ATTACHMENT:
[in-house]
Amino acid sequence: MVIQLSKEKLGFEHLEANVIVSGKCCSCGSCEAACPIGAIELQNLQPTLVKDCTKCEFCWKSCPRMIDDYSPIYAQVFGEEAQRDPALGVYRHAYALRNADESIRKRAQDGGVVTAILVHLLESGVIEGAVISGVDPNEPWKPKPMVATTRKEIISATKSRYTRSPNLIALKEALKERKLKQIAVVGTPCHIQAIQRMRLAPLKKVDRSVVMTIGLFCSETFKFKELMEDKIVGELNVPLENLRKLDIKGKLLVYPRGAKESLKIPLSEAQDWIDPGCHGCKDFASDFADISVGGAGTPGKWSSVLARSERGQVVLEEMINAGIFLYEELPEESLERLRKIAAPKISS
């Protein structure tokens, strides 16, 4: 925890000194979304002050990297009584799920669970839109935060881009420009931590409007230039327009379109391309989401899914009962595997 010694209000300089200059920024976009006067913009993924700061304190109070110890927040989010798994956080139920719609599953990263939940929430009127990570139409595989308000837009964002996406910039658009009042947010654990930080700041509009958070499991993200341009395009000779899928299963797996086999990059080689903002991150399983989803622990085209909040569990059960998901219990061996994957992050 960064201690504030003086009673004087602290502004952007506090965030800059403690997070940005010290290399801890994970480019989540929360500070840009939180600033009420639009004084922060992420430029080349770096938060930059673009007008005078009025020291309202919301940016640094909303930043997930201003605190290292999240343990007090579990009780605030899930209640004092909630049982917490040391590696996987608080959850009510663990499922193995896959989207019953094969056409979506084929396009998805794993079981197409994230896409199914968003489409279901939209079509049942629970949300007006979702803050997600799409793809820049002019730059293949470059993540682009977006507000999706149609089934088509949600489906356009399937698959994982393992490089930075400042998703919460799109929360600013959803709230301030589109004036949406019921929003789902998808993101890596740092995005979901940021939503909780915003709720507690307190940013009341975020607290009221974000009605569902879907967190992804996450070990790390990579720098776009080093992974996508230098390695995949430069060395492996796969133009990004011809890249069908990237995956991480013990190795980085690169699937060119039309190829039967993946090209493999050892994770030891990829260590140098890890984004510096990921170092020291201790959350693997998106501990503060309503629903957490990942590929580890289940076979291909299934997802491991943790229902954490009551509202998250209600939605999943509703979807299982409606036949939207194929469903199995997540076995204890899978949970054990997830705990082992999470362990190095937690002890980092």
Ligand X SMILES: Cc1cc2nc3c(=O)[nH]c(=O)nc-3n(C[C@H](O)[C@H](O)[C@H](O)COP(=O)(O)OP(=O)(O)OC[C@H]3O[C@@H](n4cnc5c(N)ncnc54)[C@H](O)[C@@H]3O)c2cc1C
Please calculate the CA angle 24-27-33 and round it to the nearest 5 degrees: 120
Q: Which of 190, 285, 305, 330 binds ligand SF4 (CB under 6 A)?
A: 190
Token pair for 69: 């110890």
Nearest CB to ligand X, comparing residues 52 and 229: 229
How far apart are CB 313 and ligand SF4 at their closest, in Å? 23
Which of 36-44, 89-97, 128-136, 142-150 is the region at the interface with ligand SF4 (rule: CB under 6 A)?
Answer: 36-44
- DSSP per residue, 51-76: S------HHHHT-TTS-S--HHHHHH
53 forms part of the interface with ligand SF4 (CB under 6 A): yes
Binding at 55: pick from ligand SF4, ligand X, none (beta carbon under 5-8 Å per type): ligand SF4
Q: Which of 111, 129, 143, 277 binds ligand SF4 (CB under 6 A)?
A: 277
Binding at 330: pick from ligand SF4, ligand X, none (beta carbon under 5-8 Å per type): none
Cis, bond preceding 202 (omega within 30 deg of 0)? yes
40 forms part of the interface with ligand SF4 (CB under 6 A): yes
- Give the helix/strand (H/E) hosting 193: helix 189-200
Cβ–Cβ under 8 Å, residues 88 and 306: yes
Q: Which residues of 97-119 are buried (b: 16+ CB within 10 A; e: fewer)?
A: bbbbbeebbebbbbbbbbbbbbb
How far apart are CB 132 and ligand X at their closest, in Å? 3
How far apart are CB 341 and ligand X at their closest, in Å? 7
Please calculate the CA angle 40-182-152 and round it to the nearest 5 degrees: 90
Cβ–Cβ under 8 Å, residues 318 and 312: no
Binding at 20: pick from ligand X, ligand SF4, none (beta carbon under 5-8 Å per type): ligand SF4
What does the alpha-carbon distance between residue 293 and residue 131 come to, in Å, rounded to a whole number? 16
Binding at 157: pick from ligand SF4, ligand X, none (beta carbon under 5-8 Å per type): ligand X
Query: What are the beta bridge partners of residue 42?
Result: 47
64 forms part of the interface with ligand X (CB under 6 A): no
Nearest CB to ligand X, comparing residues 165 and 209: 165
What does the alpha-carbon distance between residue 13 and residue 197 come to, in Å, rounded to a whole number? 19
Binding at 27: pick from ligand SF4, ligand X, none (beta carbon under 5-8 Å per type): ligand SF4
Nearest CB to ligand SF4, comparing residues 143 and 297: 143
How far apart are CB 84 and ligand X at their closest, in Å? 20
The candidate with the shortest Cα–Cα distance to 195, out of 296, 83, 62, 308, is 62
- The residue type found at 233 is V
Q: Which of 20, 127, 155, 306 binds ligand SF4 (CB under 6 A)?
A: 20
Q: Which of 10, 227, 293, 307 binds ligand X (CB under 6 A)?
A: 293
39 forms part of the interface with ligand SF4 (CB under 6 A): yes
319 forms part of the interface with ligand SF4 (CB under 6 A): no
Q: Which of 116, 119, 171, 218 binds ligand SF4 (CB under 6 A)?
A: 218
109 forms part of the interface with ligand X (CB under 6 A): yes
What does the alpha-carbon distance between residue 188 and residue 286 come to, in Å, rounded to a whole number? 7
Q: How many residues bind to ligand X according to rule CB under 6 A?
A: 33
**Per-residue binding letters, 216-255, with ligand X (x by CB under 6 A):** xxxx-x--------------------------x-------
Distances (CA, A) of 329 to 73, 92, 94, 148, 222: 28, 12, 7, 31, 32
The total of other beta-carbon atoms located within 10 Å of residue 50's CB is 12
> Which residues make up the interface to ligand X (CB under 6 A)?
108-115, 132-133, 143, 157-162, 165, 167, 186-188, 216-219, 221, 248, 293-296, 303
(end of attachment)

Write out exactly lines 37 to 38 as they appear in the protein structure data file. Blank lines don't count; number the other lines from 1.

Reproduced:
Binding at 27: pick from ligand SF4, ligand X, none (beta carbon under 5-8 Å per type): ligand SF4
Nearest CB to ligand SF4, comparing residues 143 and 297: 143